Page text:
UK - More than two thirds of Ireland’s cattle pastures are below pH targets, says the country’s agricultural levy board.
Ireland's Agriculture Food Development Authority (Teagasc) has warned that grasses will not be accessing nitrogen, potassium, and phosphorous in many fields with soils below 6.3 pH.
They say liming is the first step to addressing soil fertility, worth €80 per hectare per year if target pH is maintained to ensure the release of 80 kilograms of nitrogen per hectare per year.
Even when no additional phosphorous is applied to soils, Teagasc says liming “significantly” improves a soil's P tests.
“In short, the money spent on lime is one of the best investments a drystock farmer can make on his farm,” said Teagasc in its beef newsletter.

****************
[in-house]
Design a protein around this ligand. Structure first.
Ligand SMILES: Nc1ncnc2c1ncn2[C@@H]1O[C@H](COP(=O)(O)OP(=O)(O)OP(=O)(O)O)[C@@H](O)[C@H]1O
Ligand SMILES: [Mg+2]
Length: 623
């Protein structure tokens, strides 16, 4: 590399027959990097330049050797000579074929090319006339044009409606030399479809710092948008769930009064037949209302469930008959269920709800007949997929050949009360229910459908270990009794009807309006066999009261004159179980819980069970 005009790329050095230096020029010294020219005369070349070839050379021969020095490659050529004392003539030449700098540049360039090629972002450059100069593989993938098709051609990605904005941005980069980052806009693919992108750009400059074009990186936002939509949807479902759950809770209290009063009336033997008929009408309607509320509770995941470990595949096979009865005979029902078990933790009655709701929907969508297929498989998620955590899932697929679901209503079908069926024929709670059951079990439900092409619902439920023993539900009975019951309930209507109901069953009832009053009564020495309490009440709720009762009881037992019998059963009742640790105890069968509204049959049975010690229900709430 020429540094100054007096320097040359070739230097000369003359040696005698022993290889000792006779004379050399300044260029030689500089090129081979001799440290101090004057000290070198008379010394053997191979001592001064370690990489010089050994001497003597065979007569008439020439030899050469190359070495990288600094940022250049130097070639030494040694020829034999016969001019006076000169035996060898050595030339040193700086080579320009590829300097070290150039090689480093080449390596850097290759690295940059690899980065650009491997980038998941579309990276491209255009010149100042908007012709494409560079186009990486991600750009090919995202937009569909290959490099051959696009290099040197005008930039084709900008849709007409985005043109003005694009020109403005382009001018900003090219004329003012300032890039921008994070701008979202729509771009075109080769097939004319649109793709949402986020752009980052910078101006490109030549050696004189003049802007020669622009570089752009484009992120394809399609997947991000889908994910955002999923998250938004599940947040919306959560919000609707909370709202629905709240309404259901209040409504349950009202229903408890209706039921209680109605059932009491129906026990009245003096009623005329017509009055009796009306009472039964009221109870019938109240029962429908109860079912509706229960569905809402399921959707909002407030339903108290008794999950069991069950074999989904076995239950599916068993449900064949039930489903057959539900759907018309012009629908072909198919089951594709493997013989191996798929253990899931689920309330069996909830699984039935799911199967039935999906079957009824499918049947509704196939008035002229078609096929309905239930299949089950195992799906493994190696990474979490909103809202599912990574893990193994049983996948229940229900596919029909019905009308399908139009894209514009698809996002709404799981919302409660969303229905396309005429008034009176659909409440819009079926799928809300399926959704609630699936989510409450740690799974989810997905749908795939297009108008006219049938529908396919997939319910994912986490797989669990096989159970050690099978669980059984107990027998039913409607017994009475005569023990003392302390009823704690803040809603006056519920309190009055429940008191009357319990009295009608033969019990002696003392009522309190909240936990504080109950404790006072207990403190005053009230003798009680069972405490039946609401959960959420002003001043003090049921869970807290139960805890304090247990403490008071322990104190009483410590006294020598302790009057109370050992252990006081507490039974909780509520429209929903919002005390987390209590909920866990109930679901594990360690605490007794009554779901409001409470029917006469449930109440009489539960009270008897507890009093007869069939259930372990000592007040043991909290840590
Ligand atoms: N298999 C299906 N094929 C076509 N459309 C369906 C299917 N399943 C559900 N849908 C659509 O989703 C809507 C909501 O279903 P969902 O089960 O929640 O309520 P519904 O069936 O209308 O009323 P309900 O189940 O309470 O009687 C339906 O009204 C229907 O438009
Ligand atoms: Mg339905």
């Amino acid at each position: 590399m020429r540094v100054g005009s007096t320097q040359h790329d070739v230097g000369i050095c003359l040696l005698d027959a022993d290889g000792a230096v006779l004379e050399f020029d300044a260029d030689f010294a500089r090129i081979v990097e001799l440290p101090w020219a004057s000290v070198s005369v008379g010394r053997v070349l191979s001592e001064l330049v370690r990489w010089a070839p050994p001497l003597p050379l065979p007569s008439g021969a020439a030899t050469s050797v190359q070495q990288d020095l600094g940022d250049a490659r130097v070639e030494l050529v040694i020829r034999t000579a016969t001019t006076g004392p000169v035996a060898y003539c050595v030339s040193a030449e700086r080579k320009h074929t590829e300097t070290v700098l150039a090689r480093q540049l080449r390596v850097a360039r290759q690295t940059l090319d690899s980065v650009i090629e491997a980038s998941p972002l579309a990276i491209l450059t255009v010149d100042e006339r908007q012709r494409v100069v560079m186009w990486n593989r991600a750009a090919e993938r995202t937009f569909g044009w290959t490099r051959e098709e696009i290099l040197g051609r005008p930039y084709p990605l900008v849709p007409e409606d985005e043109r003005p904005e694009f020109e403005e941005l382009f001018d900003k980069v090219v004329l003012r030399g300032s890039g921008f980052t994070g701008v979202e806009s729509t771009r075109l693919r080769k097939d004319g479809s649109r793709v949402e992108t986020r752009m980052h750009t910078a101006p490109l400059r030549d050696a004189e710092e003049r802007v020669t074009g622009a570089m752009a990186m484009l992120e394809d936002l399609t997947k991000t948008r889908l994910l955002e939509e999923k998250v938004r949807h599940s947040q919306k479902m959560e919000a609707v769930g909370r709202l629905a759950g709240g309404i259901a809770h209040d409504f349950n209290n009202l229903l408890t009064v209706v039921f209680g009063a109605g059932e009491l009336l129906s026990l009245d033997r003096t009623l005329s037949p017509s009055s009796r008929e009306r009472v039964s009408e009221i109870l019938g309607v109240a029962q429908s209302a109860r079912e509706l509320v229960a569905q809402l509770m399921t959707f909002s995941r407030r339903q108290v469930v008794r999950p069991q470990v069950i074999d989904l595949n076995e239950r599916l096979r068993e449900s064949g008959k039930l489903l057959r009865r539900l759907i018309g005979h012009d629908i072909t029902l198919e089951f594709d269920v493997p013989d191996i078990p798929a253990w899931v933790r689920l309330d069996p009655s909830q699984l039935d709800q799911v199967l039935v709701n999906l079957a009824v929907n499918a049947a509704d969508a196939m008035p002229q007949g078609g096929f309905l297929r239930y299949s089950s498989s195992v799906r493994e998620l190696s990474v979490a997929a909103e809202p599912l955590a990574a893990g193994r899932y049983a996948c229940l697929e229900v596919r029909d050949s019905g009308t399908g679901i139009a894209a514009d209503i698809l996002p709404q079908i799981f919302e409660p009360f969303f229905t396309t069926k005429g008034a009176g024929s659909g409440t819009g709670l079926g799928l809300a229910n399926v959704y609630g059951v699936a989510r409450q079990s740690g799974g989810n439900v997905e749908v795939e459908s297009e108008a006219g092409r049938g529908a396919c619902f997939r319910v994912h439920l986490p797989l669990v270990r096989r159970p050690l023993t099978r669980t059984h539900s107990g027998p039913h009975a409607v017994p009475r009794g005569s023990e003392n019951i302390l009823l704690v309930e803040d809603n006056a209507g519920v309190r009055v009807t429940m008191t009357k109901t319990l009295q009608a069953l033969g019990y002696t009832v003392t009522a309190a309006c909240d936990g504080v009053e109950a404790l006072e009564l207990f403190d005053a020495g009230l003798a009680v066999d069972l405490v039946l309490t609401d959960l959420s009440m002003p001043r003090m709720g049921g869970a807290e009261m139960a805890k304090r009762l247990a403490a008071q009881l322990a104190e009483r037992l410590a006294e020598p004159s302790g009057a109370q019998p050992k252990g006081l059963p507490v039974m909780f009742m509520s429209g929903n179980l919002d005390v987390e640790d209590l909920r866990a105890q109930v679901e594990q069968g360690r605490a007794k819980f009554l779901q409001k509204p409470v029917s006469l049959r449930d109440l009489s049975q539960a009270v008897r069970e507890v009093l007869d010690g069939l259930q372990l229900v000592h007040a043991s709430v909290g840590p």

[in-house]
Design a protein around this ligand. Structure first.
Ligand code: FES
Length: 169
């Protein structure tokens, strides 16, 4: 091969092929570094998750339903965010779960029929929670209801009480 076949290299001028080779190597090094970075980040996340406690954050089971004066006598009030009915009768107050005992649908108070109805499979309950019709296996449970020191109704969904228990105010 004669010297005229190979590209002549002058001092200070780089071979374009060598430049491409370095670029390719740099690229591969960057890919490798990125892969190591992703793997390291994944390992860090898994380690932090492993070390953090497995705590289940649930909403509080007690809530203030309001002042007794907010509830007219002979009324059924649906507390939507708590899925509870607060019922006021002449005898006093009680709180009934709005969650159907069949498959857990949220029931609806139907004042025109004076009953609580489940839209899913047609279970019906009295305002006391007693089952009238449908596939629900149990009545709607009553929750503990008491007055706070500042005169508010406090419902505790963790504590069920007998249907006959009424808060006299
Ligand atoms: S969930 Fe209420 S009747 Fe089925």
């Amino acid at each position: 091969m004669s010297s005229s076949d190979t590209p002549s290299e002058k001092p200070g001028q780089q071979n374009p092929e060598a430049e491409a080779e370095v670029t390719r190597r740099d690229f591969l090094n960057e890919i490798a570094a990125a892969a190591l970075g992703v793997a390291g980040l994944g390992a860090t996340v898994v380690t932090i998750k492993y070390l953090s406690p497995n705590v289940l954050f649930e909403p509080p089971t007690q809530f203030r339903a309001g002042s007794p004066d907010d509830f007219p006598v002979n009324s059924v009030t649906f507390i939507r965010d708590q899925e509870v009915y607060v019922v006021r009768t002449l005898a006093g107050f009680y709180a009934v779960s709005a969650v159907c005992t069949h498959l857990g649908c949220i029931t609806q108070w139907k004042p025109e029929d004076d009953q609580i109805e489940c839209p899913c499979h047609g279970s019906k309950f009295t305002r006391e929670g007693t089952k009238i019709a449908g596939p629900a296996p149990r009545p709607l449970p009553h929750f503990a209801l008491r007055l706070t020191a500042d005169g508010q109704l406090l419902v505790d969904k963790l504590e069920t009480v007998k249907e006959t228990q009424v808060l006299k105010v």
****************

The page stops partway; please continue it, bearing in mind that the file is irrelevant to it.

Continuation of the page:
Advisers reminded farmers that lime can be applied all year round but post-grazing or after silage cutting were ideal times.
Teagasc explained: “The finer fractions will adjust soil pH, while the larger components will work over a 12 to 24 month period in reducing the soil’s acidity.”
Farmers should keep applications below 7.5 tonnes per hectare in a single application – 3 tonnes per acre.
“Where fields are more prone to poaching after liming - due to certain soil structures - spreading the lime at a lower rate per ha but more regularly will get over this problem.”